Collaboration era: C/C++ “+” Rust

I’ve become parent recently and I’m on parental leave for some time. It has been full of joy, exhaustion, confusion, awareness and loving experience. I’m grateful that I’ve got time to be with my wife and our newborn son. A perk of parental leave is boredom. Embracing boredom has great benefits for mind as mental health psychology suggests. Moreover, low dose of social media helps put things in perspective.

I’ve been passionately opposing C/C++ in my mind, mainly due to language ugliness. Previously, I wrote a post about C/C++ vs. Rust, gathering some resources denouncing C++ and praising Rust. However, despite all the goodies and features in Rust, when it comes to my line of work and interest i.e. ML/DL and Systems, Rust hasn’t been able to deliver what I hoped it would. There’s just too much work being done at the language level itself and basically nothing in my areas of interests. Yes, sadly, I don’t consider any of the Rust effort I outlined in State of ML in Rust post as really significant. That is, if non of them existed, it would change anything from practical point of view, but the efforts were nice and admirable!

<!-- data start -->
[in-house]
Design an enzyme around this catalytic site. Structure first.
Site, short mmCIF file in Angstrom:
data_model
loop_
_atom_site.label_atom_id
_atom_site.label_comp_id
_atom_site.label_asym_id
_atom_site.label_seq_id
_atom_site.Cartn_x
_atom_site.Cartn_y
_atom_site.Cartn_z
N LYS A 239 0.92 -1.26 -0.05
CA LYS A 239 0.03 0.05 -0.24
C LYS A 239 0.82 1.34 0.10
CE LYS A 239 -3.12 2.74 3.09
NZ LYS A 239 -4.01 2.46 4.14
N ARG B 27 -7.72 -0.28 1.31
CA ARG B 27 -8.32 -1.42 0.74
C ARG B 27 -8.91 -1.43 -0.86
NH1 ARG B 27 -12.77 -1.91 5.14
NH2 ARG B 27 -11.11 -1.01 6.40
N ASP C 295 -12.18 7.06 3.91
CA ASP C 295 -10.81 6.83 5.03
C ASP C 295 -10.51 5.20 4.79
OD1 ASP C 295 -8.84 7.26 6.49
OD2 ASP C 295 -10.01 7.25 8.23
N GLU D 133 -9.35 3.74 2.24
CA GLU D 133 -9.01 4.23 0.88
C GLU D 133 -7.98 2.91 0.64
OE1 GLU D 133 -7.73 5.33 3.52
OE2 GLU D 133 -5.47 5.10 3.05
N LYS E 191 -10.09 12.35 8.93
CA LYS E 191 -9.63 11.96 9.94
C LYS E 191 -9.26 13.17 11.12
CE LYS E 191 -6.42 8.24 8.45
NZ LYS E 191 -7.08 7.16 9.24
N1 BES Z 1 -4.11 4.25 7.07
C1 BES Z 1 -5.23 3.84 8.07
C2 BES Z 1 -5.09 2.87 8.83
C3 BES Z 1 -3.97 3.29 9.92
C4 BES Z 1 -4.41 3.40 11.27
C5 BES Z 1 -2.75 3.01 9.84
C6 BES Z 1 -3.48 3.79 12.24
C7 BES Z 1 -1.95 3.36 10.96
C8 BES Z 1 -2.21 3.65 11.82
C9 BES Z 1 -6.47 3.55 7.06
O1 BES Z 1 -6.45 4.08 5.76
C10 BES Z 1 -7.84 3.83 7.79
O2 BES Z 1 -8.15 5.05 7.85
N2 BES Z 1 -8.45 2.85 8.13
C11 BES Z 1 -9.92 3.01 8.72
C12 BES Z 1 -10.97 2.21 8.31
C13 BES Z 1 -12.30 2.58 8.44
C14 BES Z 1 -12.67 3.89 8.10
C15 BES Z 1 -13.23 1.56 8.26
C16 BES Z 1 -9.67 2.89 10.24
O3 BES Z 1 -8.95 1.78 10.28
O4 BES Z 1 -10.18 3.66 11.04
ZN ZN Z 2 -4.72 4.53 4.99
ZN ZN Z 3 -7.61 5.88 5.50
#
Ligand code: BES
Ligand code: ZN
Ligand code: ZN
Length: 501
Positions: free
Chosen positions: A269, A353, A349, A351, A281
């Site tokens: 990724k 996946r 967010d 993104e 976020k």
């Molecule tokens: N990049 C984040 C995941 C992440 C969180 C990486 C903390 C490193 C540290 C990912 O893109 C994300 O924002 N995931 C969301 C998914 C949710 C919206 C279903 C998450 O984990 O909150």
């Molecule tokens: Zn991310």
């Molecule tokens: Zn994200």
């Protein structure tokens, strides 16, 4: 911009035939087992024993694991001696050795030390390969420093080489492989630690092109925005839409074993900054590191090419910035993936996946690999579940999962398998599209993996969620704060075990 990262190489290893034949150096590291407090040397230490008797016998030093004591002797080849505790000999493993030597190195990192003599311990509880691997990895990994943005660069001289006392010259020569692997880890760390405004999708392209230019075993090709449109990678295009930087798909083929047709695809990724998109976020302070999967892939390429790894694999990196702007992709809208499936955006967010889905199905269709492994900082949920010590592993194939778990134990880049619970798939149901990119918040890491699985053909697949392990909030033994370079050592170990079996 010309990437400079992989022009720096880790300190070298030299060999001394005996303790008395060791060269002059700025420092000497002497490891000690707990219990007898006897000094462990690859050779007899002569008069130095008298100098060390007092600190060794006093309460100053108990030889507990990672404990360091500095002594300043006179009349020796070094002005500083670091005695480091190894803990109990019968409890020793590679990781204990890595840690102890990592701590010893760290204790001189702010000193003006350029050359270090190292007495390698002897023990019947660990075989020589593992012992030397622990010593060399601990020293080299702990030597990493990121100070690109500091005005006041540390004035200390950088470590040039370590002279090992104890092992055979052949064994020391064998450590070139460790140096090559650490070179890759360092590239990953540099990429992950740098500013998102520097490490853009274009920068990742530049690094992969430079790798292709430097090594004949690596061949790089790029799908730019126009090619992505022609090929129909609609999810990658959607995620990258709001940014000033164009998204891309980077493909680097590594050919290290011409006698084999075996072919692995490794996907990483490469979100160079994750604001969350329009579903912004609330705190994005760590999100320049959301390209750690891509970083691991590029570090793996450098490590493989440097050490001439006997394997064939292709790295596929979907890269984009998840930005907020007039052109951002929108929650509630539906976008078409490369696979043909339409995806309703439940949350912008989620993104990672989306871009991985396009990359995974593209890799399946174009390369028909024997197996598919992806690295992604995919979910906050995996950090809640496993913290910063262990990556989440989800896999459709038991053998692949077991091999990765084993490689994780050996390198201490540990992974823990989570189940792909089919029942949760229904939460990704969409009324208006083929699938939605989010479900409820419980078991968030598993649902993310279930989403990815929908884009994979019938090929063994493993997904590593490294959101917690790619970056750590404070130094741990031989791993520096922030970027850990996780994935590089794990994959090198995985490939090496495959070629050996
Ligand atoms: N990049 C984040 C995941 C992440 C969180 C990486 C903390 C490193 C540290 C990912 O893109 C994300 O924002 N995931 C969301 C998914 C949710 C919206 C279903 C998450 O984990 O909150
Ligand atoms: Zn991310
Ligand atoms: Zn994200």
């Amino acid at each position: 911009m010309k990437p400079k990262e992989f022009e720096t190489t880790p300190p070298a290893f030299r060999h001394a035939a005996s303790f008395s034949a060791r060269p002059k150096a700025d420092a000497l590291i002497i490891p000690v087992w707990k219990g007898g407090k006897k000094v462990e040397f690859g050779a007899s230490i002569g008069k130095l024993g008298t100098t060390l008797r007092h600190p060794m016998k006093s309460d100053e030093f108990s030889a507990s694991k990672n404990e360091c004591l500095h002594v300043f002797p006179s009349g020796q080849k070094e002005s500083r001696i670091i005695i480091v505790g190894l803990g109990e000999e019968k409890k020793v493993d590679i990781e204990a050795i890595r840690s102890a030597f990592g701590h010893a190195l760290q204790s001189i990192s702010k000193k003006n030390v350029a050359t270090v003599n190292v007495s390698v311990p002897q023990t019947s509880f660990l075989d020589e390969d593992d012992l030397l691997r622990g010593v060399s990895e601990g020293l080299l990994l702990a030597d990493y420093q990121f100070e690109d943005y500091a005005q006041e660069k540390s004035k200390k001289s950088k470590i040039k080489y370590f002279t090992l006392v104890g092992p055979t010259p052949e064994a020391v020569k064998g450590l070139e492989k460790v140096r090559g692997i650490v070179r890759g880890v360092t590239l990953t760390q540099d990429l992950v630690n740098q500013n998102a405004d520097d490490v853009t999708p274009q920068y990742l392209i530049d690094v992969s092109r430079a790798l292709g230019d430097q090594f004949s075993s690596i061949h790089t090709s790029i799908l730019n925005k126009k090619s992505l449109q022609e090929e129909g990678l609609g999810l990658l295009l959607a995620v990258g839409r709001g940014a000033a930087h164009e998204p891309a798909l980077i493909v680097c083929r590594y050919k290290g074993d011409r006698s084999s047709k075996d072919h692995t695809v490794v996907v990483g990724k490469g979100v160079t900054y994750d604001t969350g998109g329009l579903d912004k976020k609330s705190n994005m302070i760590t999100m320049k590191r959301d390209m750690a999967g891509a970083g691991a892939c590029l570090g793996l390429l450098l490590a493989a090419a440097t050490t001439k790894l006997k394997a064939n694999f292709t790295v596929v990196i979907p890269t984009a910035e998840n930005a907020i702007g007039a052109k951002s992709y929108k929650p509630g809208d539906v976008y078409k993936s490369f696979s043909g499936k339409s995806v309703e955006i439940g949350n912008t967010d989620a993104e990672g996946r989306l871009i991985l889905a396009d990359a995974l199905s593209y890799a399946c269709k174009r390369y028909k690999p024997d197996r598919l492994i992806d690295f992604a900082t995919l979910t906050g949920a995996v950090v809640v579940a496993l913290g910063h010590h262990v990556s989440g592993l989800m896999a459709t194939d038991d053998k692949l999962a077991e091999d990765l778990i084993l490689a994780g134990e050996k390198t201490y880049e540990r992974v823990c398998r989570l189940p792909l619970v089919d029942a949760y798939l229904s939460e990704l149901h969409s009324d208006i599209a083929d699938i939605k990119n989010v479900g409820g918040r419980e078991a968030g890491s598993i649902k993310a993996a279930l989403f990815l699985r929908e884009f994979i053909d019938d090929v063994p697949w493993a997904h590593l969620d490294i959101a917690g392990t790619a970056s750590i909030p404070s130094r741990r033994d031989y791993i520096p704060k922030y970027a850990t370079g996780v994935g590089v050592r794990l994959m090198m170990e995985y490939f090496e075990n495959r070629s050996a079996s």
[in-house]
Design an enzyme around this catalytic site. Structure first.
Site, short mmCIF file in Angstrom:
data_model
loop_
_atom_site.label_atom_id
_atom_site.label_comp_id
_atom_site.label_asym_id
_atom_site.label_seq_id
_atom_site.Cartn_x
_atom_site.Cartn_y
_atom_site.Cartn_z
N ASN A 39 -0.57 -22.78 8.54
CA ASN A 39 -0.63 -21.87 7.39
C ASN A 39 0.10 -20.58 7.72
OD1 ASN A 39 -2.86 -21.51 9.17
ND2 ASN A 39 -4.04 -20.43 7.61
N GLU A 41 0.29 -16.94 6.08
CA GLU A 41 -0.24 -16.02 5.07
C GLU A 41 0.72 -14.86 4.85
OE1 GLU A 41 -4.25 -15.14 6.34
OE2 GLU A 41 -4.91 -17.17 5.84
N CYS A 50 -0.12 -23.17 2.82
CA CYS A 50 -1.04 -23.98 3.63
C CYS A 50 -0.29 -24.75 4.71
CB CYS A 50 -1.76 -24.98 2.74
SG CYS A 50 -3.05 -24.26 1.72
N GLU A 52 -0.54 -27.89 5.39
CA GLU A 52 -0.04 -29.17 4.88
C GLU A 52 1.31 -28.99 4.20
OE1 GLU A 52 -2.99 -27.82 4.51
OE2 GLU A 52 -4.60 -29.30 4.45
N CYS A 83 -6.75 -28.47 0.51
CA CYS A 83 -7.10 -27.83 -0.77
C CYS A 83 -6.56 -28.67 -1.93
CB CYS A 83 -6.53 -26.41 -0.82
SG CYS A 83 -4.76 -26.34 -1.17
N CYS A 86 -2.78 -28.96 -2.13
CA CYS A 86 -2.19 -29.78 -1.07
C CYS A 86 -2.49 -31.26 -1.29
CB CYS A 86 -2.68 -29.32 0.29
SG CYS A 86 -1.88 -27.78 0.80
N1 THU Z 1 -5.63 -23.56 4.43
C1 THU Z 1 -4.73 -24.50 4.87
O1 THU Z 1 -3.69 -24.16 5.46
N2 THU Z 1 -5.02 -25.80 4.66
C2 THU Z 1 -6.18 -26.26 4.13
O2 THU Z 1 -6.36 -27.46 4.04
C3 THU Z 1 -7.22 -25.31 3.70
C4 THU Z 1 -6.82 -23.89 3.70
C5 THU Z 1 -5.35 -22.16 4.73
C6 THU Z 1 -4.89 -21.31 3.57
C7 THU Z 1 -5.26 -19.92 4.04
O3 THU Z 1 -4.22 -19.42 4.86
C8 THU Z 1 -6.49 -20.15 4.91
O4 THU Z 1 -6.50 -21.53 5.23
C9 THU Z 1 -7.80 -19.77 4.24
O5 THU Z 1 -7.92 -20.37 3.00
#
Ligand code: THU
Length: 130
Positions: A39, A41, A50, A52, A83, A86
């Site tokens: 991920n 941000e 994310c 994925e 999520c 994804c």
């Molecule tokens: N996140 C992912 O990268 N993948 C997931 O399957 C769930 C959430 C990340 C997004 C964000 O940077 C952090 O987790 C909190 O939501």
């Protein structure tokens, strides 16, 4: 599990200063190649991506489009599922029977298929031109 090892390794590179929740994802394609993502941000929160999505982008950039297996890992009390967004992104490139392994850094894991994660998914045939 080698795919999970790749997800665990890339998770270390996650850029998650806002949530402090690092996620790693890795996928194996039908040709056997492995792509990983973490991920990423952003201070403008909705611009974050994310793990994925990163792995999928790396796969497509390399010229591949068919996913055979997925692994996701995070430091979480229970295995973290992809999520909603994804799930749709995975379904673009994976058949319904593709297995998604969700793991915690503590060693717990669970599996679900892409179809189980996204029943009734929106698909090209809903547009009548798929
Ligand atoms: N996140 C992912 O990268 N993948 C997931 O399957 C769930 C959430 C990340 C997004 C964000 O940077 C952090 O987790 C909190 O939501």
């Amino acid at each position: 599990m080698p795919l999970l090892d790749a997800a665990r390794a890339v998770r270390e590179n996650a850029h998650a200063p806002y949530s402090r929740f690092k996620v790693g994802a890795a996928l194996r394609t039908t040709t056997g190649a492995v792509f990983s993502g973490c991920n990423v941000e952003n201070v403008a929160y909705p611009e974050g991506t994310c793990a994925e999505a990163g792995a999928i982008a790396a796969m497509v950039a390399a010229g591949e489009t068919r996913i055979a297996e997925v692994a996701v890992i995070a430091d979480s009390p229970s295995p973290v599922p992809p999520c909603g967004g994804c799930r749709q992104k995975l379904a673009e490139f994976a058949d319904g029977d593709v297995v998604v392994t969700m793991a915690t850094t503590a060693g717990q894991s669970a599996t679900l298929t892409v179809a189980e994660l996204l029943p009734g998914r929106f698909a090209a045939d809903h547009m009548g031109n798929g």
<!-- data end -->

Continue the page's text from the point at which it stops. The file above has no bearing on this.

One big Rust issue is the lack of funding which is pretty much non-existent when comparing 10 year old Rust language (5 years out of 1.0 as of this year) and 30+ years of C++ history in Scientific Computing area only (umbrella term for ML, Systems, Math Optimizations, etc.). Due to recent events at Mozilla, Rust team is trying to figure out the way forward by creating the Rust foundation and hoping for the best. Another thing, Rust is trying to be so careful to do things correctly which is great but as a result I won’t see Rust to have a say (at least for the next 10 years or so) when it comes to serious Scientific Computing applications at this development speed. On the other hand, I think having C++ and Rust in one’s arsenal will become A factor (I’d encourage learning C++ after learning Rust not before!). Also the effect of one language to the other in terms of collaboration and inspiration is fascinating. For example, C++ static analyzers inspirations from Rust and a lot of new features and improvement that make me confess that I like C++20. It is finally becoming a nice language!

After all C++ continues to be the critical language for high performance, heterogeneous computing. Take nvc++ -stdpar and sycl as some important examples. Rust memory safety restrictions just sometimes is not really relevant to the problems in my domain.

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